Stress is a common aspect of modern life. For many people in the Detroit area, stress is a daily reality they have to deal with. Dealing with stress can be much harder when a person has sleep apnea. Sleep apnea is common in people with high perceived stress, but many people with stress don’t know they have sleep apnea. This can lead to complications because sleep apnea may increase risks related to medications used to treat stress.

If you have high levels of perceived stress, you should consider that you might also have sleep apnea. Then talk to a Detroit sleep dentist about getting tested for sleep apnea and finding a sleep apnea treatment that works for you.

Stress Is Higher for People with Sleep Apnea

woman stressed out at work with coworkers handing her workPeople with sleep apnea have higher levels of stress than people without the condition. One study shows that the average person with sleep apnea likely has moderate stress compared to low stress for people without the condition. In addition, people with stress and sleep apnea likely also have high levels of anxiety and depression symptoms.

We don’t know the exact reason why people with sleep apnea have higher stress levels. It makes sense that having interrupted sleep would contribute to stress as it contributes to depression and anxiety. However, researchers note that treating sleep apnea with CPAP (continuous positive airway pressure) only reduces depression and anxiety levels, not always resolving them. This might be due in part to problems with CPAP therapy generally. Still, it might also link to the sympathetic nervous system activation that ties sleep apnea to chronic health problems like high blood pressure (hypertension).

Could Stress Cause Sleep Apnea?

Another interpretation is that stress might cause sleep apnea. Researchers forward this explanation in a study of nurses and other medical workers in Wuhan province treating COVID-19 patients. Using questionnaires, researchers evaluated 26 members of the medical staff at a hospital for stress and insomnia. Researchers used pulse oximetry, measured by a pulse oximeter contained in a ring, to estimate sleep apnea levels.

The results showed that ten participants met the criteria for moderate to severe sleep apnea, with an AHI (apnea-hypopnea index) of 15 or greater. They found that people with high-stress levels were about 50% more likely to have sleep apnea than those with lower stress levels.

The researchers used this data to say that the workers’ stress caused their sleep apnea.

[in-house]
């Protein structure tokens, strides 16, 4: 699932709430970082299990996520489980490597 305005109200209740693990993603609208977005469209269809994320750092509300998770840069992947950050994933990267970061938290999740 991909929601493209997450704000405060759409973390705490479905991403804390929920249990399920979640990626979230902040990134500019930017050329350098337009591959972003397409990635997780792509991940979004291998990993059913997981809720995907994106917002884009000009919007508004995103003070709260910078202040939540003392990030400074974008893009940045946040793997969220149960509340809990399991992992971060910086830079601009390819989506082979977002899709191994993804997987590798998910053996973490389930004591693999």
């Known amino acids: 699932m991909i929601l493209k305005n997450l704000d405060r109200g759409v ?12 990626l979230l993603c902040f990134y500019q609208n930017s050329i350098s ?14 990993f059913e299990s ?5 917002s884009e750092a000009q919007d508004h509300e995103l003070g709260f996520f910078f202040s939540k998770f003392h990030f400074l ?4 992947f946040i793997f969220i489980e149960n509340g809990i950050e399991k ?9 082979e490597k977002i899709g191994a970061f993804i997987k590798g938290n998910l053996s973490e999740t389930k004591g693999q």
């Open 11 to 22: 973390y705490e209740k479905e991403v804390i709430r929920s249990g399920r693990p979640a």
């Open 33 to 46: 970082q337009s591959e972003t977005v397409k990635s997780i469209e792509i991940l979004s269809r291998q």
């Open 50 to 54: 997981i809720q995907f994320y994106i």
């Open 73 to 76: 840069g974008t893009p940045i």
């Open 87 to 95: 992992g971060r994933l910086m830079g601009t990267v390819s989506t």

Researchers tried to explain how stress might cause sleep apnea by looking at the activation of the hypothalamic-pituitary-adrenal (HPA) axis.

Chronic stress activates the HPA axis, which leads to lighter sleep. This, in turn, leads to upper airway instability, causing it to collapse more often, which causes obstructive sleep apnea by cutting off access to air. The result is hypoxic stress caused by oxygen shortage. This creates a cycle whereby stress leads to sleep apnea which increases stress.

It’s hard to know if this explanation is reasonable. The study is not large enough to make definitive conclusions about the link between stress and sleep apnea. The study design doesn’t help determine which condition causes which. The precise link between the conditions remains a mystery, though it seems definite that there is some link.

Challenges of Treating Stress and Sleep Apnea

One of the biggest challenges in treating stress and sleep apnea together is the frequency of undiagnosed sleep apnea. Detroit doctors can’t treat conditions they don’t know about.
Treating stress without also treating sleep apnea can cause problems. Doctors most commonly prescribe benzodiazepines for anxiety and stress. However, benzodiazepines pose a serious risk for people with sleep apnea: they can lead to acute respiratory failure.

Furthermore, it seems that treating sleep apnea without recognizing the link to stress can lead to poor results. Patients with high-stress levels have worse outcomes for many treatments. When treating sleep apnea, sleep doctors and Detroit sleep dentists should factor in stress reduction as part of their treatment.

Get a Low-Stress Treatment for Sleep Apnea in Detroit

The most commonly prescribed treatment for sleep apnea is CPAP. Unfortunately, this treatment can also be a stressful approach to care. CPAP requires extensive maintenance, including detailed cleaning and setup prior to use. This adds more stressful activities to a person’s already stress-inducing routine. Stress levels can be high, knowing that failure to properly clean CPAP can increase the risk of infection and other complications.

In addition, the CPAP mask can trigger anxiety. The close feeling of the mask and the air pressure in the nose and mouth can make people feel claustrophobic stress. People with PTSD, for example, have a notoriously hard time adapting to CPAP.

Fortunately, there are other approaches to sleep apnea treatment. Oral appliance therapy can be a low-stress approach to sleep apnea treatment. You simply put the oral appliance in your mouth, and it holds your jaw in a comfortable position that keeps your airway open. Cleaning is easy. For people with high-stress levels, oral appliance therapy might be the best approach for treating mild to moderate sleep apnea.

If you want to learn more about this CPAP alternative in Detroit, schedule an appointment with Detroit sleep dentist, Dr. Jeffrey S. Haddad. Please call (248) 480-0085 or use our online form to request an appointment at the Michigan Center for TMJ & Sleep Wellness, located in Rochester Hills near Sanctuary Lake Golf Course.